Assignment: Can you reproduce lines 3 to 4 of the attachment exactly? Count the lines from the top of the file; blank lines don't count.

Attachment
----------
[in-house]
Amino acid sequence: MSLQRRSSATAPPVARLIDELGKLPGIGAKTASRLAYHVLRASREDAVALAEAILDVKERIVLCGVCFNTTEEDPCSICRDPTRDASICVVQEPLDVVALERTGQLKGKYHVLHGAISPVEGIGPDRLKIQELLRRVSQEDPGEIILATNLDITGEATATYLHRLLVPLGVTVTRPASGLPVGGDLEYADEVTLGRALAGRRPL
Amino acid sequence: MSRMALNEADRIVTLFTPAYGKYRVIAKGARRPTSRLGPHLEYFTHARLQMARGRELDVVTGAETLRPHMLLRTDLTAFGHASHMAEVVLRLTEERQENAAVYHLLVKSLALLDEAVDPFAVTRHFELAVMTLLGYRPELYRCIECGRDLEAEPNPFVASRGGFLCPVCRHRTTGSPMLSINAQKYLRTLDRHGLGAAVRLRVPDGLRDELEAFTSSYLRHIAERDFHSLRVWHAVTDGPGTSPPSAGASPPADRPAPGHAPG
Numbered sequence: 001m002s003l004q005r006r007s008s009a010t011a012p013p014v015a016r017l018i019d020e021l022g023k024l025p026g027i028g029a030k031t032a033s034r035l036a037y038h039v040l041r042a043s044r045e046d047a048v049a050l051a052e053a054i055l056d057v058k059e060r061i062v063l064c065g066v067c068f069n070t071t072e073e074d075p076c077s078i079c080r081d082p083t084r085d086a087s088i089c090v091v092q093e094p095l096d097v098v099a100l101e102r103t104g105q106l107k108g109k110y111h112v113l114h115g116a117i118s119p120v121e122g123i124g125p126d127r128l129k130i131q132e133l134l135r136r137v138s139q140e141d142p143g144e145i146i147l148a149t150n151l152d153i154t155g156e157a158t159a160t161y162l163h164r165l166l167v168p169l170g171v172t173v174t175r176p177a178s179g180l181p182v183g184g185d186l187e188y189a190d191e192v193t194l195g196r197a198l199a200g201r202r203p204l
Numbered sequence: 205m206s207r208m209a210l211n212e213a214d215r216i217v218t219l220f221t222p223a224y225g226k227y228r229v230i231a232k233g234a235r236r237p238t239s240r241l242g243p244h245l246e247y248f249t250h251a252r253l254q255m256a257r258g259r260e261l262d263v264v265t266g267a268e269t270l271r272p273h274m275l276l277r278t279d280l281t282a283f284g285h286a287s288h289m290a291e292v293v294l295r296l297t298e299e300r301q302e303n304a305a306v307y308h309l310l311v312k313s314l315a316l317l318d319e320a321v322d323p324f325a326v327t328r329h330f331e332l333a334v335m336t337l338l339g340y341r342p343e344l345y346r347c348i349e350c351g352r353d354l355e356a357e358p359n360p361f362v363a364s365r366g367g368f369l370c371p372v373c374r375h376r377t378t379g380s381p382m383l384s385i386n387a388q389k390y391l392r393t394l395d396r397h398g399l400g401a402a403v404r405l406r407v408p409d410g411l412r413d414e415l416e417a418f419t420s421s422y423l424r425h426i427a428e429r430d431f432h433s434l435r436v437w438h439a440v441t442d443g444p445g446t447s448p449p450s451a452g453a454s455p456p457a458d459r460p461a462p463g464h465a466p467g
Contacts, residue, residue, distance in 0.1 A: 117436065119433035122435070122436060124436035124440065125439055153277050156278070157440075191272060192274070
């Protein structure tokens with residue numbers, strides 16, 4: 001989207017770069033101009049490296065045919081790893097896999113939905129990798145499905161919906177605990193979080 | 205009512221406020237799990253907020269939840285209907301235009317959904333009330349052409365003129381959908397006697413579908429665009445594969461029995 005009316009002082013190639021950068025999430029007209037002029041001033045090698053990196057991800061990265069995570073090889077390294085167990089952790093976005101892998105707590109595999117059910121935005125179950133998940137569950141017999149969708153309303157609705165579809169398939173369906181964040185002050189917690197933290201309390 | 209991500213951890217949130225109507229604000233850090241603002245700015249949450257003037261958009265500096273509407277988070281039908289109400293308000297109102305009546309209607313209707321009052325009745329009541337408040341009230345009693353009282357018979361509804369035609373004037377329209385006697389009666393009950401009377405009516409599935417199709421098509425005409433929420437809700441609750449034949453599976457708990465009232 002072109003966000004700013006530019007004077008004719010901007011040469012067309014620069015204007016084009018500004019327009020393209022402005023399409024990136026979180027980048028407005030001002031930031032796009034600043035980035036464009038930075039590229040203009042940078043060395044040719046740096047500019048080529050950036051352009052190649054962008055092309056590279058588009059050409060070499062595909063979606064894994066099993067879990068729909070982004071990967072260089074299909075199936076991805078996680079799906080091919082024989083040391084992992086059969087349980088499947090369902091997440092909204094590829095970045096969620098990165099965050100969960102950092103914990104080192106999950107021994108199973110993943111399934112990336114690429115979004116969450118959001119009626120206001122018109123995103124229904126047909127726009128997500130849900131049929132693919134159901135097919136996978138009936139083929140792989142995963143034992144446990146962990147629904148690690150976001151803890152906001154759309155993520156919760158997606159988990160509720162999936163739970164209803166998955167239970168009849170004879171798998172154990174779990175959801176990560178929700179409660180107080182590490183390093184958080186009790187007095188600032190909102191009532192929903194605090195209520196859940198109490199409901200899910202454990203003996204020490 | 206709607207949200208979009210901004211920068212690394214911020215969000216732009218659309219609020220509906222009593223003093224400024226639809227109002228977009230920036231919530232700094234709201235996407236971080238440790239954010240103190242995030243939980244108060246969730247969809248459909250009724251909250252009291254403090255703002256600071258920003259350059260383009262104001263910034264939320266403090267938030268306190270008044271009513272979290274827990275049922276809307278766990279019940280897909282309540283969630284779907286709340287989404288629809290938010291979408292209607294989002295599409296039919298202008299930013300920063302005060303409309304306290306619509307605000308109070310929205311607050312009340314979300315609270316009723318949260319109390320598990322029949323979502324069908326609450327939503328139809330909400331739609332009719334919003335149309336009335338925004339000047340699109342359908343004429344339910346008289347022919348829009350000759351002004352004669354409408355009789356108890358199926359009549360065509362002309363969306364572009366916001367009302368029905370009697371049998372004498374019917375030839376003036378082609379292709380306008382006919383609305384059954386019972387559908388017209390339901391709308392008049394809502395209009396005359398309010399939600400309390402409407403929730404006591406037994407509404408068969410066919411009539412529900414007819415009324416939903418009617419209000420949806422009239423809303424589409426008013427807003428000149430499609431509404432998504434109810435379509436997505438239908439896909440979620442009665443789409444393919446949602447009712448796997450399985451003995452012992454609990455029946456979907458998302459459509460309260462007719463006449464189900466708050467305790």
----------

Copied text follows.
Amino acid sequence: MSRMALNEADRIVTLFTPAYGKYRVIAKGARRPTSRLGPHLEYFTHARLQMARGRELDVVTGAETLRPHMLLRTDLTAFGHASHMAEVVLRLTEERQENAAVYHLLVKSLALLDEAVDPFAVTRHFELAVMTLLGYRPELYRCIECGRDLEAEPNPFVASRGGFLCPVCRHRTTGSPMLSINAQKYLRTLDRHGLGAAVRLRVPDGLRDELEAFTSSYLRHIAERDFHSLRVWHAVTDGPGTSPPSAGASPPADRPAPGHAPG
Numbered sequence: 001m002s003l004q005r006r007s008s009a010t011a012p013p014v015a016r017l018i019d020e021l022g023k024l025p026g027i028g029a030k031t032a033s034r035l036a037y038h039v040l041r042a043s044r045e046d047a048v049a050l051a052e053a054i055l056d057v058k059e060r061i062v063l064c065g066v067c068f069n070t071t072e073e074d075p076c077s078i079c080r081d082p083t084r085d086a087s088i089c090v091v092q093e094p095l096d097v098v099a100l101e102r103t104g105q106l107k108g109k110y111h112v113l114h115g116a117i118s119p120v121e122g123i124g125p126d127r128l129k130i131q132e133l134l135r136r137v138s139q140e141d142p143g144e145i146i147l148a149t150n151l152d153i154t155g156e157a158t159a160t161y162l163h164r165l166l167v168p169l170g171v172t173v174t175r176p177a178s179g180l181p182v183g184g185d186l187e188y189a190d191e192v193t194l195g196r197a198l199a200g201r202r203p204l